It's gratifying to hear that folks would be interested in that.
One of the things we've been bandying about is the idea of a quarterly e-zine (working title "Axioms") where we could publish lots of content updates. For example, recommended magic components for item creation, new classes, new monsters, that sort of thing.
The Auran Empire setting and Lairs & Encounters book will also have some stuff like that.
uh. e-zine. autarch-driven? fan-driven? both? perhaps i can/will contribute, although i fear you have to check my grammar/wording before publishing as an alternative, i can send you some articles in german…ha
I’d also love to see an Appendix/extra chapters/stretch goal 32 page booklet/etc added to the Auren empire book giving us a modified setting. I think that and a ‘default’ setting together would be awesome.
The dungeon thing struck me on my first leaf through the rules too. If lawful mages abhor monsters why would they want to attract them home? Monsters can’t be ultimately important to magic because they were created by magic (I think).
And how stupid are mosters to make their way overland, at great danger to themselves, to just take up residence in a slaughterhouse? Generation after generation?
This part of the story really didn’t seem to make sense in an otherwise great set of rules. Well, what I’ve read of them.
One other thing, spell scrolls. Why would a mage make one?
Not all monsters were created by mages and they were probably used earlier in magical research. Now, the artificial abominations are far more common than the rare natural magic creatures (like dragons). Still, not ALL mages proactively construct dungeons, some rely on existing sources of monster parts, but it is less convenient.
As for why the monsters inhabit dungeons, it turns out that hiding deep in a dungeon is significantly safer than inhabiting an above ground community for beastmen (at least in any region where humans/demi-humans are in the majority). Even though adventuring parties will occasionally delve into a dark dungeon for treasure (slaughtering everything they can), an above-ground lair has to worry about entire human armies attacking in addition to adventurers. Furthermore, if you can see in the dark and your human foes can’t, you have an advantage in the dark caves.
As for spell scrolls, it gives a caster the ability to cast a spell above his level, outside his current repertoire, and beyond his spells per day. It is a useful, yet expensive, way to get make sure you have a specific spell when you need it, even if you don’t want to use up a repertoire slot.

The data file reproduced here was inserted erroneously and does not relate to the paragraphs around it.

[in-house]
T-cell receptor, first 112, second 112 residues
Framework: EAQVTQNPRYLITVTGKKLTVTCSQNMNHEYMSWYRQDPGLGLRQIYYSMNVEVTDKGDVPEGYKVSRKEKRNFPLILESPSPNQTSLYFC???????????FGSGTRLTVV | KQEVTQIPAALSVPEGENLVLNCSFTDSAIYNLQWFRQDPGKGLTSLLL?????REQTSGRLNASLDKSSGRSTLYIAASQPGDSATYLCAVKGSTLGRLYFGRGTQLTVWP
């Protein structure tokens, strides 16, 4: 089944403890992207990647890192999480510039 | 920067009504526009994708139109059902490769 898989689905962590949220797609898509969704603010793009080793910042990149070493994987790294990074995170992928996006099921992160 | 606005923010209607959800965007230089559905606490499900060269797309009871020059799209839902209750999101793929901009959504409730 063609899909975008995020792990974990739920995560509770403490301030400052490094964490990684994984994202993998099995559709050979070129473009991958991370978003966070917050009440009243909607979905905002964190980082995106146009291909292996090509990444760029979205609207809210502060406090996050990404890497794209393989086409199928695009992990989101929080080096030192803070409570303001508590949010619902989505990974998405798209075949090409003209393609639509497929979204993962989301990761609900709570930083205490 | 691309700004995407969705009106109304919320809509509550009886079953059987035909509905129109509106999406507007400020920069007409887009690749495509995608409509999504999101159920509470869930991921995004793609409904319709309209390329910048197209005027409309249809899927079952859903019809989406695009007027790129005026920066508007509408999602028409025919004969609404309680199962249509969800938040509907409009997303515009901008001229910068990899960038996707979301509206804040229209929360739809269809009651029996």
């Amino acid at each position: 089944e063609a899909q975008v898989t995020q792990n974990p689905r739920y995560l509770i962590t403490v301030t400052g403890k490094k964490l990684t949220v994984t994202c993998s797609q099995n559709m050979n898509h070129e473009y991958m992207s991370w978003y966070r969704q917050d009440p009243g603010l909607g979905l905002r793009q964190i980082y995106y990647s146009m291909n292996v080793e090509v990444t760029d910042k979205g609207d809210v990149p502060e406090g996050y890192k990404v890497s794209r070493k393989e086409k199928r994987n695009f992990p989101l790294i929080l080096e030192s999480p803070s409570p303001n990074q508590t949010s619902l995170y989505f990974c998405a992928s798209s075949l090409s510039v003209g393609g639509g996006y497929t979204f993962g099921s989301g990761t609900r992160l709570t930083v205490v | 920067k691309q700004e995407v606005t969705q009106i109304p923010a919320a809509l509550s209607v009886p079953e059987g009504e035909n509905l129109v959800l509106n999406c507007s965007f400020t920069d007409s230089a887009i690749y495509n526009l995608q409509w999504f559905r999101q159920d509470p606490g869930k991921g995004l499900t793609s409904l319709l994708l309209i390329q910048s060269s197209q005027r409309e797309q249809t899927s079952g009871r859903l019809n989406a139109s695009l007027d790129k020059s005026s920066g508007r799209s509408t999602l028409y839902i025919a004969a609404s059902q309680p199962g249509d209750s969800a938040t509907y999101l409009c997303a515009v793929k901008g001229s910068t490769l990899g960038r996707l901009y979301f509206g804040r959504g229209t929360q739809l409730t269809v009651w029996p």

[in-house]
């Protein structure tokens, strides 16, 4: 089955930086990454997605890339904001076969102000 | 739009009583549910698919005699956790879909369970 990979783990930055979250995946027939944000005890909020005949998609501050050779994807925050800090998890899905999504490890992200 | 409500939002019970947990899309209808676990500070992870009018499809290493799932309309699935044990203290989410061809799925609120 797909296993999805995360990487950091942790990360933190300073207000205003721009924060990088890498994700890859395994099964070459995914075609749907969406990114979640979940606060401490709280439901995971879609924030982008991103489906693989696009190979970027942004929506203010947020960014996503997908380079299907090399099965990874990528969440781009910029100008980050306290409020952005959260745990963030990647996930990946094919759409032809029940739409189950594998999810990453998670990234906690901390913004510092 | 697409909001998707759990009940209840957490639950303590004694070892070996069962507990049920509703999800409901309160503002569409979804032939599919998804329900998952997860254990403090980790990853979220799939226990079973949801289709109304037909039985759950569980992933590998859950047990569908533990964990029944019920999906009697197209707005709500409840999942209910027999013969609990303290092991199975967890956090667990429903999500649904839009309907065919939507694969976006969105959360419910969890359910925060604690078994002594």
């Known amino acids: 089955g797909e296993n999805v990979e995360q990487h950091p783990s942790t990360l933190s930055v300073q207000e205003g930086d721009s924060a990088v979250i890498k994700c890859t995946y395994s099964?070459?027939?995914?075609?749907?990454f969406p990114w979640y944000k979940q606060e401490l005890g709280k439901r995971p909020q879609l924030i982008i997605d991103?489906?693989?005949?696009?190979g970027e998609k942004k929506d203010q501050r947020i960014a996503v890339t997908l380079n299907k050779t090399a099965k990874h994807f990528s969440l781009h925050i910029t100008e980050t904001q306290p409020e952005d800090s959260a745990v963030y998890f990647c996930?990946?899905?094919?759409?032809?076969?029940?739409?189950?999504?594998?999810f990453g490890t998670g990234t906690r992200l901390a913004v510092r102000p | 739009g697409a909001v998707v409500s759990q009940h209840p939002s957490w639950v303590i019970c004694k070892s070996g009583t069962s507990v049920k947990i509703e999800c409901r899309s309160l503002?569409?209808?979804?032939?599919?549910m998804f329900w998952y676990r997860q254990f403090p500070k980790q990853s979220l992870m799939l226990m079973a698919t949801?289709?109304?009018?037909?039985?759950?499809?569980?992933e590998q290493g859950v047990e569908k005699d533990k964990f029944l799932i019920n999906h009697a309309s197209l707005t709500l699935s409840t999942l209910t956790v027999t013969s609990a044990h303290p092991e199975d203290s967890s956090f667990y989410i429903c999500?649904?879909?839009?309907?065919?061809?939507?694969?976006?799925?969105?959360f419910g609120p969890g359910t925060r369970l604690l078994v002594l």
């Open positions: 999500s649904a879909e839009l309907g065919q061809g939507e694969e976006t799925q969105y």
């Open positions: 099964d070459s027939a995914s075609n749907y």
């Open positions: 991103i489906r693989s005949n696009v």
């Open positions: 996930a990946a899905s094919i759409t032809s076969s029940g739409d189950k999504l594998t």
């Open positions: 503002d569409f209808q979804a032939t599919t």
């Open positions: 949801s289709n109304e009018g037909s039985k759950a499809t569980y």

But why would monsters go into spell casters dungeons when they should realise what is going to happen to them?
This part of the setting just doesn’t make sense to me. Still, it isn’t a big complaint, and the concept could be easily dropped.
Re the scrolls I hadn’t read enough about magic to realise they would allow you to cast spells of a higher level. And being able to use spells not in your repertoire is a good point. So scrolls do make sense.
First of all, there is little if any clear visual difference between a caster’s dungeon and any other dungeon (or a dungeon that was a caster’s dungeon before said caster died). This is especially true when the monster in question cannot read any signs written in common.
Secondly, adventurers normally take on dungeons because of the loot within, regardless of the availability of mage fetch quests. Furthermore mages do not research all the time and generally frown upon unauthorized adventurers (whether independent or working for rival mages) coming in and raiding the mage’s dungeon (though enforcement is fairly lax for practical purposes, many low-level adventurers do not want to risk annoying a powerful mage.
Lastly, mages seldom ask adventurers to completely clean out or destroy their dungeon, something that might happen a little more often with dungeons seen as public safety hazards instead of expensive investments.
All-in-all, there is little that makes a caster dungeon any more dangerous than any other dungeon similarly close to tasty humans. The occasional fetch quest is balanced out by the single mage monopoly. Furthermore, any hole in the ground is safer for a beastman than the surface and sometimes beggars can’t be choosers.
Scroll copying is pretty sweet, yeah. The main trick is that you need a sample or formula beforehand to make one above your level or outside of your repertoire. But under the magic item availability rules, scrolls are about the most common type of item for sale, and it’s not unusual to be able to pick up a big “ace in the hole” scroll like Death Spell, Cloudkill, or Disintegrate in any given month in a class IV market (restore life and limb and remove curse are both excellent scrolls up through the mid-levels too). And then once you’ve got it, you can try to copy it before you end up in a situation where you need to use it, or just hold it in reserve.
I once had a party that found a scroll of wish, and they were greatly conflicted over what to do with it. They really wanted to copy it, but the limiting factor turned out to be appropriate monster parts - genies and dragons both object mightily to having their tongues and hearts dried, ground, and used for ink.